With the temporary closure of galleries and museums across the world, will art emerge and move towards the digital space after the crisis?
Before life under quarantine, we would turn to our interests and hobbies for refuge. From attending concerts, watching films, to purchasing art, we took great comfort in engaging what delights us. Now, the entire world is under lockdown, our sources of respite have been affected as well. Our most-anticipated exhibits and shows are postponed, probably for a long time. Taking out what we are looking forward to seems to take away our happiness too. Our options are limited to finding refuge on social media or online versions of these art forms. But what happens then to those in the art industry? If they could not perform or do exhibits, how will artists thrive? Worse, how do they sustain life in this crisis?
The State of Art Right Now
In the country, the National Museum and the Intramuros Administration with their respective networks indefinitely shuttered operations since March 13. In New York, Met closed down its branches: the Cloister, Met Breuer, and the Beaux-Arts headquarters. Organizations have amassed a $75 billion-dollar NYC COVID-19 Response and Impact Fund. The giant city’s arts and social nonprofits are the recipients, assisting the artists and employees in this crisis.
However, along with other museums, the United States alone sees a $33 million loss every day. Apart from dealing with immediate concerns, art and cultural institutions must think of their long-term plans. For those that rely on income from event rentals, admission tickets, and fundraisers, they are experiencing a serious financial crash in this pandemic.
What’s heartbreaking are the self-employed, contractual workers who, apart from losing their jobs, are not qualified for any assistance either. These include the network of freelancers like photographers, screenwriters, electricians, and art handlers in small-scale businesses.
The people behind these institutions are also at high-risk of layoffs. The Hammer Museum at UCLA already dismissed over 150 part-time student employees. Other museums have varying approaches. The Met pledged to pay its employees until April 4 while the four museums under Tate in London are set to pay all their workers until May 1.
What happens next? With the increasing number of COVID-19 cases around the world, it seems unlikely the crisis will be done in the next two months. If it continues, then how else can institutions support its employees and likewise, how can performing artists survive?
That is why museums and artists have all turned to the digital landscape.
Navigating the Digital Space
Without the tangible excitement of physical shows and galleries, people are left with scrolling online for their daily dose of art. Google Arts & Culture offers a fascinating experience of exploring artworks in high definition, 360 videos, and virtual street tours. Anyone can access and see up-close works from an extensive collection and art movements. Museum de Louvre provides its virtual tours as well featuring Egyptian Antiquities and Remains of the Louvre’s Moat.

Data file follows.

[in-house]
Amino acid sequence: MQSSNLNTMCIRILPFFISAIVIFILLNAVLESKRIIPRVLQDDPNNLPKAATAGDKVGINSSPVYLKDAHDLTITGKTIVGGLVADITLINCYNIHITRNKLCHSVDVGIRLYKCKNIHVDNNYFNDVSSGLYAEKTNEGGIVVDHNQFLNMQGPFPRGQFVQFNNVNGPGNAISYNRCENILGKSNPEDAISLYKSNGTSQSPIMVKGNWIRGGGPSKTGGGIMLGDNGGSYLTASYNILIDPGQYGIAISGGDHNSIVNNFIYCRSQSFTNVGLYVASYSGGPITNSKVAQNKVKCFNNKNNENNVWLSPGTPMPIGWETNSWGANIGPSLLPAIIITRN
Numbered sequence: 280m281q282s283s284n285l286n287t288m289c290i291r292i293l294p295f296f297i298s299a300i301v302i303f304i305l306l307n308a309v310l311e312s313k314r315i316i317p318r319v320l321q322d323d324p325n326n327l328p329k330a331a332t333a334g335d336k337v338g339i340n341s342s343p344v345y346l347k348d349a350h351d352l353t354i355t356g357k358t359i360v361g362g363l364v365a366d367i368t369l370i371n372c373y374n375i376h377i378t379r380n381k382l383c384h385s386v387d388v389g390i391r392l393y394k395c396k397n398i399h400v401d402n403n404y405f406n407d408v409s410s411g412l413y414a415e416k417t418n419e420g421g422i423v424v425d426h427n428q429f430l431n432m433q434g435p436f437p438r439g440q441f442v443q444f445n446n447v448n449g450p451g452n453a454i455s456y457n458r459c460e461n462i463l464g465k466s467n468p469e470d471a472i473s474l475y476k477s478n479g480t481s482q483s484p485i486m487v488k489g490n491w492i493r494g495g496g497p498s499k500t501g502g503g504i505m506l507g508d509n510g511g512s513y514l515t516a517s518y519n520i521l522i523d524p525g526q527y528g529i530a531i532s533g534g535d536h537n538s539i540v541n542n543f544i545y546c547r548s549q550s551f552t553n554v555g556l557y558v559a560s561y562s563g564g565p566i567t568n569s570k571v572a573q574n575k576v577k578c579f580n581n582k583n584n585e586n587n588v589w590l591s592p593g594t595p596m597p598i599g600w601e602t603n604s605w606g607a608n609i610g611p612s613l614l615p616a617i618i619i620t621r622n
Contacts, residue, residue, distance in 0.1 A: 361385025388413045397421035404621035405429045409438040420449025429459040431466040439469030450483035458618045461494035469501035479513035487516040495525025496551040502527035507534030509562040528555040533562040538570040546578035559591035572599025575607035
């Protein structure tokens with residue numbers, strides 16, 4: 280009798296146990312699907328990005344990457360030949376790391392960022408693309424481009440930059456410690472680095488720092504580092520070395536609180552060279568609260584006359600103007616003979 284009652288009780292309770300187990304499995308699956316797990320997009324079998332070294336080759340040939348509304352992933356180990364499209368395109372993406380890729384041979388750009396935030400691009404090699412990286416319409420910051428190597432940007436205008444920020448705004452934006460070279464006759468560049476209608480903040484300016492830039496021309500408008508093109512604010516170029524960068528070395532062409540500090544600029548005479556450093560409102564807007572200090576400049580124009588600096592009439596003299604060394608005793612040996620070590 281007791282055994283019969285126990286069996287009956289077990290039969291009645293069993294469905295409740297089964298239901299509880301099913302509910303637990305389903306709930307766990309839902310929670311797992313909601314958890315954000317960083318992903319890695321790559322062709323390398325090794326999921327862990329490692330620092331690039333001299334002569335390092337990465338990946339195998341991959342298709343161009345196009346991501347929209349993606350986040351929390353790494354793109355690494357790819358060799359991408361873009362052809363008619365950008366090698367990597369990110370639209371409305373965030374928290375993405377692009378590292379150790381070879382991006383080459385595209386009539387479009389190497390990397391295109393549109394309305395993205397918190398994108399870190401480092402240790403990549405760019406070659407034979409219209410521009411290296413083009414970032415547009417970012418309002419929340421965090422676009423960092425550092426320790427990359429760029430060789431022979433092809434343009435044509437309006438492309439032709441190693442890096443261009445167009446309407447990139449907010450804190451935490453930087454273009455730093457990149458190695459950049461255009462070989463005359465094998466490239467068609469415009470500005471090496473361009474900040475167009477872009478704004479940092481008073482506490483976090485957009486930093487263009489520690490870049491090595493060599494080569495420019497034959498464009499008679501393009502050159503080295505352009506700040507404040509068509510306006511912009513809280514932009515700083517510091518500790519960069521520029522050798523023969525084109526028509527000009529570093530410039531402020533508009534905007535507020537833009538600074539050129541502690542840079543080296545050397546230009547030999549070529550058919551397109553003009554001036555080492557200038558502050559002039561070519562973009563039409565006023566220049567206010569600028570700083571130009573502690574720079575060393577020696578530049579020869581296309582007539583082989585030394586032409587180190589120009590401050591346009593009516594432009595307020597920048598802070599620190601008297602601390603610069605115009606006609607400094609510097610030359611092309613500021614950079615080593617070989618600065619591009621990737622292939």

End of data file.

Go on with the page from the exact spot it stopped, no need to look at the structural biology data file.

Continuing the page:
Shedd Aquarium shows a more creative approach. Through a social media campaign, they posted a video of their penguins and porcupines freely roaming around the museum that remains closed due to the outbreak. Others offer live streams like Cincinnati Zoo with their Home Safari for stay-at-home children. Over at The Broad in Los Angeles, they live-streamed their Infinity Room. It features the infamous and mesmerizing Yayoi Kusama’s The Souls of Millions of Light Years Away.
For enthusiasts of broadway shows, operas, and musicales, YouTube channels of artists and services like BroadwayHD have begun streaming performances. Even the Instagram page of Metropolitan Opera in New York initiated “Nightly Met Opera Streams.” They show celebrated operas like Donizetti’s Lucia Di Lammermoor and Wagner’s Siegfried. The Royal Opera House and Russia’s Bolshoi Theater recently announced live-streaming of virtual performances in their Facebook and YouTube channels. For Bolshoi Theater, prominent shows include Swan Lake, The Tsar’s Bride, and The Nutcracker.
The New Normal
While the creative campaigns of these institutions keep us inspired and entertained, we must acknowledge how the art scene is gradually shifting. The COVID-19 outbreak has changed the way museums and theaters share art with people. Although this crisis is temporary, its impact will certainly be felt in the long run. We might be moving towards complete digitization of the way we immerse in art.
Aside from this exciting turn, we must remain conscious of the people working behind the scenes. Keep in mind the thousands of museum and theater employees and staff who will lose their jobs. Without physical tours and real-time performances, many will be forced to experience layoffs.
This crisis is restructuring everything we know. We must brace ourselves for future changes. For now, we take refuge in these online art forms and acknowledge this new normal.